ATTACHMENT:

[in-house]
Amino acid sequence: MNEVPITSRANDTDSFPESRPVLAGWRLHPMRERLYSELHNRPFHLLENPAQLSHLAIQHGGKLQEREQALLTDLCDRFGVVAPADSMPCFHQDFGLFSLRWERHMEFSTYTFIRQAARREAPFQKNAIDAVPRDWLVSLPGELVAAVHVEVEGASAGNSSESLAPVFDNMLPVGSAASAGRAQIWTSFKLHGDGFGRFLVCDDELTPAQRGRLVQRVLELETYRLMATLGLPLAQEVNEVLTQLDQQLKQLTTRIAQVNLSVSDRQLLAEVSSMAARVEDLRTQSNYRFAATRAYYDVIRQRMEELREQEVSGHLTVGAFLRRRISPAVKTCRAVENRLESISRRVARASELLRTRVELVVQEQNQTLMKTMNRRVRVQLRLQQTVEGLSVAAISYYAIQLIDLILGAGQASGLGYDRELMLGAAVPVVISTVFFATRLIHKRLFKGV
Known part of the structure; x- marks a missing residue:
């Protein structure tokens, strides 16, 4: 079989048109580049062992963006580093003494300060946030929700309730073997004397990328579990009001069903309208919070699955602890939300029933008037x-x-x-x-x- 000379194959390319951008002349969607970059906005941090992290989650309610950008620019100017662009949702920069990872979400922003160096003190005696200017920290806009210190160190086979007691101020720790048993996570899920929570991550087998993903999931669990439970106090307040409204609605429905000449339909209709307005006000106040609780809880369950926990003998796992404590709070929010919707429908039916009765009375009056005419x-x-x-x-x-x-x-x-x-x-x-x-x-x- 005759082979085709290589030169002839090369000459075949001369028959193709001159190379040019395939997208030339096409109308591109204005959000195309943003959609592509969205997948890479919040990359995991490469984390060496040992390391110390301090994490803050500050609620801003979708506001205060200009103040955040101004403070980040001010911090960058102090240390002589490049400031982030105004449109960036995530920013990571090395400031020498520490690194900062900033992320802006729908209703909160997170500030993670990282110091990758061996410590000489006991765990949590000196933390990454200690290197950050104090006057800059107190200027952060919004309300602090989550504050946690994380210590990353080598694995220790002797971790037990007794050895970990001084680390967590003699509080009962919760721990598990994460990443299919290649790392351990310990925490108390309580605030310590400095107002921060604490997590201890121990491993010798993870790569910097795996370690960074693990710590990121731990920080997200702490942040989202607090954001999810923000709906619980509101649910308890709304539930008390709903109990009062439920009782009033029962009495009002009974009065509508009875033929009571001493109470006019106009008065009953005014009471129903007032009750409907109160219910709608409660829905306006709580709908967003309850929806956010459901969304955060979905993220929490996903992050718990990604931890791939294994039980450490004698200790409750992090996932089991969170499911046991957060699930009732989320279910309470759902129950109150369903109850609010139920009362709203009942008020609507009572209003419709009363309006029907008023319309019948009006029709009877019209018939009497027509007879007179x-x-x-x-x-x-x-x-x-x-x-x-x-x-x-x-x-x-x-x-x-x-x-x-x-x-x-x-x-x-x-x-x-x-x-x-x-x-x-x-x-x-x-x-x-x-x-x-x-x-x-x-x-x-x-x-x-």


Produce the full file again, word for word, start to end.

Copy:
[in-house]
Amino acid sequence: MNEVPITSRANDTDSFPESRPVLAGWRLHPMRERLYSELHNRPFHLLENPAQLSHLAIQHGGKLQEREQALLTDLCDRFGVVAPADSMPCFHQDFGLFSLRWERHMEFSTYTFIRQAARREAPFQKNAIDAVPRDWLVSLPGELVAAVHVEVEGASAGNSSESLAPVFDNMLPVGSAASAGRAQIWTSFKLHGDGFGRFLVCDDELTPAQRGRLVQRVLELETYRLMATLGLPLAQEVNEVLTQLDQQLKQLTTRIAQVNLSVSDRQLLAEVSSMAARVEDLRTQSNYRFAATRAYYDVIRQRMEELREQEVSGHLTVGAFLRRRISPAVKTCRAVENRLESISRRVARASELLRTRVELVVQEQNQTLMKTMNRRVRVQLRLQQTVEGLSVAAISYYAIQLIDLILGAGQASGLGYDRELMLGAAVPVVISTVFFATRLIHKRLFKGV
Known part of the structure; x- marks a missing residue:
């Protein structure tokens, strides 16, 4: 079989048109580049062992963006580093003494300060946030929700309730073997004397990328579990009001069903309208919070699955602890939300029933008037x-x-x-x-x- 000379194959390319951008002349969607970059906005941090992290989650309610950008620019100017662009949702920069990872979400922003160096003190005696200017920290806009210190160190086979007691101020720790048993996570899920929570991550087998993903999931669990439970106090307040409204609605429905000449339909209709307005006000106040609780809880369950926990003998796992404590709070929010919707429908039916009765009375009056005419x-x-x-x-x-x-x-x-x-x-x-x-x-x- 005759082979085709290589030169002839090369000459075949001369028959193709001159190379040019395939997208030339096409109308591109204005959000195309943003959609592509969205997948890479919040990359995991490469984390060496040992390391110390301090994490803050500050609620801003979708506001205060200009103040955040101004403070980040001010911090960058102090240390002589490049400031982030105004449109960036995530920013990571090395400031020498520490690194900062900033992320802006729908209703909160997170500030993670990282110091990758061996410590000489006991765990949590000196933390990454200690290197950050104090006057800059107190200027952060919004309300602090989550504050946690994380210590990353080598694995220790002797971790037990007794050895970990001084680390967590003699509080009962919760721990598990994460990443299919290649790392351990310990925490108390309580605030310590400095107002921060604490997590201890121990491993010798993870790569910097795996370690960074693990710590990121731990920080997200702490942040989202607090954001999810923000709906619980509101649910308890709304539930008390709903109990009062439920009782009033029962009495009002009974009065509508009875033929009571001493109470006019106009008065009953005014009471129903007032009750409907109160219910709608409660829905306006709580709908967003309850929806956010459901969304955060979905993220929490996903992050718990990604931890791939294994039980450490004698200790409750992090996932089991969170499911046991957060699930009732989320279910309470759902129950109150369903109850609010139920009362709203009942008020609507009572209003419709009363309006029907008023319309019948009006029709009877019209018939009497027509007879007179x-x-x-x-x-x-x-x-x-x-x-x-x-x-x-x-x-x-x-x-x-x-x-x-x-x-x-x-x-x-x-x-x-x-x-x-x-x-x-x-x-x-x-x-x-x-x-x-x-x-x-x-x-x-x-x-x-």